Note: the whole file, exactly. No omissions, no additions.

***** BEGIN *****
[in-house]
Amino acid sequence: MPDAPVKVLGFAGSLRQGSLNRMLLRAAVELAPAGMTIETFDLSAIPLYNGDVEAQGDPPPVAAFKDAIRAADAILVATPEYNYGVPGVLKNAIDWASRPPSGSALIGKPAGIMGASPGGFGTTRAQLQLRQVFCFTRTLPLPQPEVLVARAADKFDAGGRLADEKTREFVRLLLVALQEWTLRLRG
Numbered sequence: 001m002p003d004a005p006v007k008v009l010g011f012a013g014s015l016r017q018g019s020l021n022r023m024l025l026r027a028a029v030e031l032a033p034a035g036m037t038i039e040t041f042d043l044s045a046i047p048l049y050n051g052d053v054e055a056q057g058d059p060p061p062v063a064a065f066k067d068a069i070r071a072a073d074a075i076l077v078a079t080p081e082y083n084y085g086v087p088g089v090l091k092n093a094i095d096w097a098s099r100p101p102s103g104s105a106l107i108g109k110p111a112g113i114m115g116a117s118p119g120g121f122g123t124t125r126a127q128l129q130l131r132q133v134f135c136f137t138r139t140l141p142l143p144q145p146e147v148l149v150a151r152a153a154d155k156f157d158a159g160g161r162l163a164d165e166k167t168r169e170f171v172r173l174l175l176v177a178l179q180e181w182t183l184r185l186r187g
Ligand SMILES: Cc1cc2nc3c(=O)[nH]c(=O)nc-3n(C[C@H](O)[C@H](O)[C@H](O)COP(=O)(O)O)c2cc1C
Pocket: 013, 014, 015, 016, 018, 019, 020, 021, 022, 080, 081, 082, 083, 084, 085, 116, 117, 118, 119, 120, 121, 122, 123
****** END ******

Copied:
[in-house]
Amino acid sequence: MPDAPVKVLGFAGSLRQGSLNRMLLRAAVELAPAGMTIETFDLSAIPLYNGDVEAQGDPPPVAAFKDAIRAADAILVATPEYNYGVPGVLKNAIDWASRPPSGSALIGKPAGIMGASPGGFGTTRAQLQLRQVFCFTRTLPLPQPEVLVARAADKFDAGGRLADEKTREFVRLLLVALQEWTLRLRG
Numbered sequence: 001m002p003d004a005p006v007k008v009l010g011f012a013g014s015l016r017q018g019s020l021n022r023m024l025l026r027a028a029v030e031l032a033p034a035g036m037t038i039e040t041f042d043l044s045a046i047p048l049y050n051g052d053v054e055a056q057g058d059p060p061p062v063a064a065f066k067d068a069i070r071a072a073d074a075i076l077v078a079t080p081e082y083n084y085g086v087p088g089v090l091k092n093a094i095d096w097a098s099r100p101p102s103g104s105a106l107i108g109k110p111a112g113i114m115g116a117s118p119g120g121f122g123t124t125r126a127q128l129q130l131r132q133v134f135c136f137t138r139t140l141p142l143p144q145p146e147v148l149v150a151r152a153a154d155k156f157d158a159g160g161r162l163a164d165e166k167t168r169e170f171v172r173l174l175l176v177a178l179q180e181w182t183l184r185l186r187g
Ligand SMILES: Cc1cc2nc3c(=O)[nH]c(=O)nc-3n(C[C@H](O)[C@H](O)[C@H](O)COP(=O)(O)O)c2cc1C
Pocket: 013, 014, 015, 016, 018, 019, 020, 021, 022, 080, 081, 082, 083, 084, 085, 116, 117, 118, 119, 120, 121, 122, 123